OKLAHOMA CITY (AP) -- A 375-seat "3-D IMAX" giant screen cinema
could be ready in Bricktown by April 2001.
Officials with California-based Edwards Theaters announced plans
for the theater Wednesday. The theater is part of a $40 million
development in Bricktown, a thriving entertainment and restaurant
area on the edge of downtown Oklahoma City.
Developer TMK/Hogan first pitched the idea of the Bricktown
Entertainment Center in 1997, but the project was delayed by
political and legal challenges brought by Moshe Tal, a Bricktown
property owner who wanted the land for a proposed $160 million
The state Supreme Court rejected last week a rehearing request
by Tal for his legal objections.
Fred Bell, vice president of IMAX operations for Edwards
Theaters said the company is eager for construction to begin. The
Bricktown IMAX will stand over six stories tall. The screen, made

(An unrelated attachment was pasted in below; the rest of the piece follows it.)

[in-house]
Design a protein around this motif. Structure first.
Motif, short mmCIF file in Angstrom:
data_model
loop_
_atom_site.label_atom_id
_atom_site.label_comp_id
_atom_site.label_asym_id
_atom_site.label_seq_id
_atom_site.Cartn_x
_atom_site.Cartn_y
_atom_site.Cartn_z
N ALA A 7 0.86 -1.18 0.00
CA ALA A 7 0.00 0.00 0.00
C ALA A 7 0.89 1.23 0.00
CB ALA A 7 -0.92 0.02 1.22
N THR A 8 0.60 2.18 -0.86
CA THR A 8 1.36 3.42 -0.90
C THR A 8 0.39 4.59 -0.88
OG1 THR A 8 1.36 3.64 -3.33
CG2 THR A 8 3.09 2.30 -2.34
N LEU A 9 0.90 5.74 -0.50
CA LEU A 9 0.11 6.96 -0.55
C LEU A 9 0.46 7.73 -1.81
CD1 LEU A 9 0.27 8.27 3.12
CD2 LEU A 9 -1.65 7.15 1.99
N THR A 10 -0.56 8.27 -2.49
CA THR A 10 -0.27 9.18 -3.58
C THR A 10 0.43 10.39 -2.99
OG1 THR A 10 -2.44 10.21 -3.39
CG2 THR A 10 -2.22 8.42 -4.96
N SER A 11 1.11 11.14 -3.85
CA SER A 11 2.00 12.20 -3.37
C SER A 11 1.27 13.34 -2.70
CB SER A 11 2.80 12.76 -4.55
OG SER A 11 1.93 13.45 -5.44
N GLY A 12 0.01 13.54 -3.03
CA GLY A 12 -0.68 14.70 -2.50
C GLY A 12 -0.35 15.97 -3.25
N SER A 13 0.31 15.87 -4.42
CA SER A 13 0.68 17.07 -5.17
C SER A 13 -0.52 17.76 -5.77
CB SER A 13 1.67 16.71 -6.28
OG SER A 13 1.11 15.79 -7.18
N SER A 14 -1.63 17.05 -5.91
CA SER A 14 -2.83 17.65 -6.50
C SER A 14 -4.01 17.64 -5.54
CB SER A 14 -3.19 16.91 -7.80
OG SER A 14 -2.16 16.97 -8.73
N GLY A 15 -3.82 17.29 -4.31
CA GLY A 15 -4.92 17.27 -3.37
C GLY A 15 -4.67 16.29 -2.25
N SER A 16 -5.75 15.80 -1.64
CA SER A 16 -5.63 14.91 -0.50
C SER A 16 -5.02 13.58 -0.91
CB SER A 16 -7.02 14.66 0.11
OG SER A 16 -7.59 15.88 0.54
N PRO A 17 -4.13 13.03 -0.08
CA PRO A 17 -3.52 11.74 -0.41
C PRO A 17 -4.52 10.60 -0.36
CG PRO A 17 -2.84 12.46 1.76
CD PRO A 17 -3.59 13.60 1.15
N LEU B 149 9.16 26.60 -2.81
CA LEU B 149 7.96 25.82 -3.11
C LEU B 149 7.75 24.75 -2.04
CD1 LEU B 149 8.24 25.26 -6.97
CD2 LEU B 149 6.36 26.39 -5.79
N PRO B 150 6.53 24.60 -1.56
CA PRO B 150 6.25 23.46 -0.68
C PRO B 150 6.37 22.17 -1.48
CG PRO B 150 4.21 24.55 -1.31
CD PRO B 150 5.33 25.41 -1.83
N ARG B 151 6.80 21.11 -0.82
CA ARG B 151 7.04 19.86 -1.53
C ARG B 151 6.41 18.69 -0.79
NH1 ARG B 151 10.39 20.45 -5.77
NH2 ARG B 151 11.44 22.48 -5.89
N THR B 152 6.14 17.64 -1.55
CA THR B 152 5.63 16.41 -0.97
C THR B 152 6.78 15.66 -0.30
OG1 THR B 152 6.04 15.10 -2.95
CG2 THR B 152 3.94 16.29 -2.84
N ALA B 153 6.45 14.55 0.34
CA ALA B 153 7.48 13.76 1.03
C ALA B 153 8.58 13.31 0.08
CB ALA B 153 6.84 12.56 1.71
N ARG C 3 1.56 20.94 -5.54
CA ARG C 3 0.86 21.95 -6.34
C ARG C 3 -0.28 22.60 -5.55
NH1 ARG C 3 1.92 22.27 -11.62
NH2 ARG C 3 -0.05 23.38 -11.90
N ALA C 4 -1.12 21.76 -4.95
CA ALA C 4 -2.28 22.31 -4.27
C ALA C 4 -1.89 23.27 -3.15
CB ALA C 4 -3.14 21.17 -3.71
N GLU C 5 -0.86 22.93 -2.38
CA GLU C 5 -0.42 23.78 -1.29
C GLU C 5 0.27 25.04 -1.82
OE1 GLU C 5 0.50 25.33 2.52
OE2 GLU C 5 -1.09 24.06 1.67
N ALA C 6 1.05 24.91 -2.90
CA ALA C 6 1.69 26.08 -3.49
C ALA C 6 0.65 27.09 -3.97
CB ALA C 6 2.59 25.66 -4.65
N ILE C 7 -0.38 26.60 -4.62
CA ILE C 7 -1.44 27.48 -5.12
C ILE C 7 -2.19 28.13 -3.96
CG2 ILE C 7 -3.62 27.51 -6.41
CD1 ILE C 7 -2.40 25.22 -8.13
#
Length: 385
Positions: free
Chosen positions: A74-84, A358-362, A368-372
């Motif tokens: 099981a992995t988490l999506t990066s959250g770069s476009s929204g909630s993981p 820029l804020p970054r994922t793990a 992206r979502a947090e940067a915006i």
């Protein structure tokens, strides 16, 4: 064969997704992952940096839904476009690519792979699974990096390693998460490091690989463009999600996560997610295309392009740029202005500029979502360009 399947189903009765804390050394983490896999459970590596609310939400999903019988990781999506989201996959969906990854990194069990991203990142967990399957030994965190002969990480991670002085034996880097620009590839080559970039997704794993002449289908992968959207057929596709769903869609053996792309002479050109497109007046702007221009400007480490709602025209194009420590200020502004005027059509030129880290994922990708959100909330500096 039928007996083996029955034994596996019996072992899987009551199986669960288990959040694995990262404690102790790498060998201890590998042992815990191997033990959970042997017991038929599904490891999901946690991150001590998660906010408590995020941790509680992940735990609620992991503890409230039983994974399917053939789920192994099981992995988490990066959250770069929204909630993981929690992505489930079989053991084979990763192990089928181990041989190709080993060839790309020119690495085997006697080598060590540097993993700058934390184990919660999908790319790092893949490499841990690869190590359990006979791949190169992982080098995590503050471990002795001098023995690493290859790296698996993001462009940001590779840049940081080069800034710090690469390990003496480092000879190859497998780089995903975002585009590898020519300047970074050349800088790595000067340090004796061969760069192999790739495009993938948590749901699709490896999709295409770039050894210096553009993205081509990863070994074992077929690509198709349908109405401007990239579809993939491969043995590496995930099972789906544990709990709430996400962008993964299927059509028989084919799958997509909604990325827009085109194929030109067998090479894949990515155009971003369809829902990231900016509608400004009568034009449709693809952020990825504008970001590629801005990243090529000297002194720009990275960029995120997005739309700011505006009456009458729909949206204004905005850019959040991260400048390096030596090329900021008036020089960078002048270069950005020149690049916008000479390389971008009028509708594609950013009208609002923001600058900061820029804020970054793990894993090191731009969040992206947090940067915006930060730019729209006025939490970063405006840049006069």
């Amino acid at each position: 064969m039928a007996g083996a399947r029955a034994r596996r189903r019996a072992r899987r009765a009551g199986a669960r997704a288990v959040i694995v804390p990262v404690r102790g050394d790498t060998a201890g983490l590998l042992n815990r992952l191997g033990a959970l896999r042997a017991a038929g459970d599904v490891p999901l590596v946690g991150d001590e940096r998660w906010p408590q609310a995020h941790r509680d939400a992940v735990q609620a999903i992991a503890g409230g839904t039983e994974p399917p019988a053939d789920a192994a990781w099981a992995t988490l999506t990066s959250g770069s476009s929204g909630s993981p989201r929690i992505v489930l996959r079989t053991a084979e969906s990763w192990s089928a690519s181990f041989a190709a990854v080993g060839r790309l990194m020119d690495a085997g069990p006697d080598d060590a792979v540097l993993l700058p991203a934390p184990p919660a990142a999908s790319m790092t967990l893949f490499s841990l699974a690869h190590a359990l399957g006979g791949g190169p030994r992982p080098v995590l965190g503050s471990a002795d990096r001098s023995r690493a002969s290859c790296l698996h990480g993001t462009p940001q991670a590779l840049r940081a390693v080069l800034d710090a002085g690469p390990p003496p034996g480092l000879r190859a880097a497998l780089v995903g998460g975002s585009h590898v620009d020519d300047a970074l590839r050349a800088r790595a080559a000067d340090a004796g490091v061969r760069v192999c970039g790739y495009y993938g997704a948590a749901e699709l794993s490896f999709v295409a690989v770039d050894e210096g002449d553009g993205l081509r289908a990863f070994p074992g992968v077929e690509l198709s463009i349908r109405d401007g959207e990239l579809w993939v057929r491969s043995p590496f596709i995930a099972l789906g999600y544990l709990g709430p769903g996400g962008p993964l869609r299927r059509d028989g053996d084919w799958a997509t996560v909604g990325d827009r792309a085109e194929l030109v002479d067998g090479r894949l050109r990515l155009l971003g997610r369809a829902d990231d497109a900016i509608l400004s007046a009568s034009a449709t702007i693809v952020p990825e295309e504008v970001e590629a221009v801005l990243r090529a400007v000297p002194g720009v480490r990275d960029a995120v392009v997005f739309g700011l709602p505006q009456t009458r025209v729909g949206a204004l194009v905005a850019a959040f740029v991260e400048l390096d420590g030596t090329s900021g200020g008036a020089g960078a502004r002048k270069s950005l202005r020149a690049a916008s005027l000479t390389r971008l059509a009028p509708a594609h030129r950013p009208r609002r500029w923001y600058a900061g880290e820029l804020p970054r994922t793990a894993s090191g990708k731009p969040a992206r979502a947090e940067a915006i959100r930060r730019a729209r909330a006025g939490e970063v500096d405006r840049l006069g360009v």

of latex imported from England, will weigh up to 1,800 pounds.
"With IMAX, you're seeing crystal clear images with a sound
system that has 18,000 watts of power -- the power of a small radio
station. The idea is to make people feel like they are a part of
what they are seeing on the screen in front of them," Bell said.
"IMAX is a brand in and of itself," Bell said. "It's a
destination property, and I think it will do very well in
The IMAX will be the second large screen cinema in Oklahoma
City. Construction is nearing completion on a $7.5 million Iwerks
cinema at the Omniplex. The Iwerks will how mainly educational fare
and the IMAX will show more entertainment features.
The project will be built on land now owned by the city along
the Bricktown canal and south of the Southwestern Bell Bricktown
"I think getting an IMAX is huge," Mayor Kirk Humphreys said
Wednesday. "It makes Bricktown something other than a dinner,
ballgame, or a special events. It makes Bricktown an everyday deal,
365 days a year."
Also Wednesday, the Greater Oklahoma City Chamber of Commerce
announced a new multi-media campaign aimed at companies across the